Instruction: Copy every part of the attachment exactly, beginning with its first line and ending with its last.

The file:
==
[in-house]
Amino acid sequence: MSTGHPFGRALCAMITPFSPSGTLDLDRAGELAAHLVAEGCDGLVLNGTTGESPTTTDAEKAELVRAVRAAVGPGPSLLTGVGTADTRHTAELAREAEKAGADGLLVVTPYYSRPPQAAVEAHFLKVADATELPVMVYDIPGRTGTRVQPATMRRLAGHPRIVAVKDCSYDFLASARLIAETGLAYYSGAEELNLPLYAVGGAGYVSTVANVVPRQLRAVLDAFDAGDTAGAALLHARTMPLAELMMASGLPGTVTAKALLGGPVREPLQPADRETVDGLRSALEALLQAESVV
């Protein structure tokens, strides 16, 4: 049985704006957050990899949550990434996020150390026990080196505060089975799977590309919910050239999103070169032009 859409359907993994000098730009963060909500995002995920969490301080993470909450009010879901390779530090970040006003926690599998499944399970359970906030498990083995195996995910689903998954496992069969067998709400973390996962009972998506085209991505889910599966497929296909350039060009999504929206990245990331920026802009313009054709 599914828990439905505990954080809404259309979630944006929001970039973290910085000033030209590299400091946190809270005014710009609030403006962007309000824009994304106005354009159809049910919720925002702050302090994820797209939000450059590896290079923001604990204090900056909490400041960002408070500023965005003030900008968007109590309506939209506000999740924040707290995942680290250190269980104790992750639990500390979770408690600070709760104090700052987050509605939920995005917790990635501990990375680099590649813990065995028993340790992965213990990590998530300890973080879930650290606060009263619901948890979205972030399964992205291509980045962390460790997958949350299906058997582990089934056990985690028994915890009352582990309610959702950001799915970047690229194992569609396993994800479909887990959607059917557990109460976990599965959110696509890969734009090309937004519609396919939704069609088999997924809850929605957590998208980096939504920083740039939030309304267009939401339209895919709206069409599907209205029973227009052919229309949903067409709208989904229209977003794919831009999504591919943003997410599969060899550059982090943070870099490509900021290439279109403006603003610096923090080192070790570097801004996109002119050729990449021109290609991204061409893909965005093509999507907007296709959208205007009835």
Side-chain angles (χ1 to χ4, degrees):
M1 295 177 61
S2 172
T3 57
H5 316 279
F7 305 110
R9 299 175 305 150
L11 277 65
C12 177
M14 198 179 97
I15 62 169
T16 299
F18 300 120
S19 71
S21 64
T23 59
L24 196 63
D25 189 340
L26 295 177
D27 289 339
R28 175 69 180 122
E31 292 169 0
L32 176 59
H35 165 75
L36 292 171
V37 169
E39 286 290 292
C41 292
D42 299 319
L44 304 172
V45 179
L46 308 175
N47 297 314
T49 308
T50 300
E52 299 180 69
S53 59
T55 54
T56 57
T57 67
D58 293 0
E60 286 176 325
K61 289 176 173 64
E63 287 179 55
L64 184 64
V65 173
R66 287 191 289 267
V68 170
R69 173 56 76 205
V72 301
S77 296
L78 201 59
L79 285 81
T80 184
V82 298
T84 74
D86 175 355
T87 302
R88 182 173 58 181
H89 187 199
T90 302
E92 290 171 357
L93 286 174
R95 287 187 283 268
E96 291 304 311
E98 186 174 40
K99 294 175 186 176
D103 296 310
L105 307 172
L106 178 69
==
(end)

[in-house]
Amino acid sequence: MSTGHPFGRALCAMITPFSPSGTLDLDRAGELAAHLVAEGCDGLVLNGTTGESPTTTDAEKAELVRAVRAAVGPGPSLLTGVGTADTRHTAELAREAEKAGADGLLVVTPYYSRPPQAAVEAHFLKVADATELPVMVYDIPGRTGTRVQPATMRRLAGHPRIVAVKDCSYDFLASARLIAETGLAYYSGAEELNLPLYAVGGAGYVSTVANVVPRQLRAVLDAFDAGDTAGAALLHARTMPLAELMMASGLPGTVTAKALLGGPVREPLQPADRETVDGLRSALEALLQAESVV
């Protein structure tokens, strides 16, 4: 049985704006957050990899949550990434996020150390026990080196505060089975799977590309919910050239999103070169032009 859409359907993994000098730009963060909500995002995920969490301080993470909450009010879901390779530090970040006003926690599998499944399970359970906030498990083995195996995910689903998954496992069969067998709400973390996962009972998506085209991505889910599966497929296909350039060009999504929206990245990331920026802009313009054709 599914828990439905505990954080809404259309979630944006929001970039973290910085000033030209590299400091946190809270005014710009609030403006962007309000824009994304106005354009159809049910919720925002702050302090994820797209939000450059590896290079923001604990204090900056909490400041960002408070500023965005003030900008968007109590309506939209506000999740924040707290995942680290250190269980104790992750639990500390979770408690600070709760104090700052987050509605939920995005917790990635501990990375680099590649813990065995028993340790992965213990990590998530300890973080879930650290606060009263619901948890979205972030399964992205291509980045962390460790997958949350299906058997582990089934056990985690028994915890009352582990309610959702950001799915970047690229194992569609396993994800479909887990959607059917557990109460976990599965959110696509890969734009090309937004519609396919939704069609088999997924809850929605957590998208980096939504920083740039939030309304267009939401339209895919709206069409599907209205029973227009052919229309949903067409709208989904229209977003794919831009999504591919943003997410599969060899550059982090943070870099490509900021290439279109403006603003610096923090080192070790570097801004996109002119050729990449021109290609991204061409893909965005093509999507907007296709959208205007009835």
Side-chain angles (χ1 to χ4, degrees):
M1 295 177 61
S2 172
T3 57
H5 316 279
F7 305 110
R9 299 175 305 150
L11 277 65
C12 177
M14 198 179 97
I15 62 169
T16 299
F18 300 120
S19 71
S21 64
T23 59
L24 196 63
D25 189 340
L26 295 177
D27 289 339
R28 175 69 180 122
E31 292 169 0
L32 176 59
H35 165 75
L36 292 171
V37 169
E39 286 290 292
C41 292
D42 299 319
L44 304 172
V45 179
L46 308 175
N47 297 314
T49 308
T50 300
E52 299 180 69
S53 59
T55 54
T56 57
T57 67
D58 293 0
E60 286 176 325
K61 289 176 173 64
E63 287 179 55
L64 184 64
V65 173
R66 287 191 289 267
V68 170
R69 173 56 76 205
V72 301
S77 296
L78 201 59
L79 285 81
T80 184
V82 298
T84 74
D86 175 355
T87 302
R88 182 173 58 181
H89 187 199
T90 302
E92 290 171 357
L93 286 174
R95 287 187 283 268
E96 291 304 311
E98 186 174 40
K99 294 175 186 176
D103 296 310
L105 307 172
L106 178 69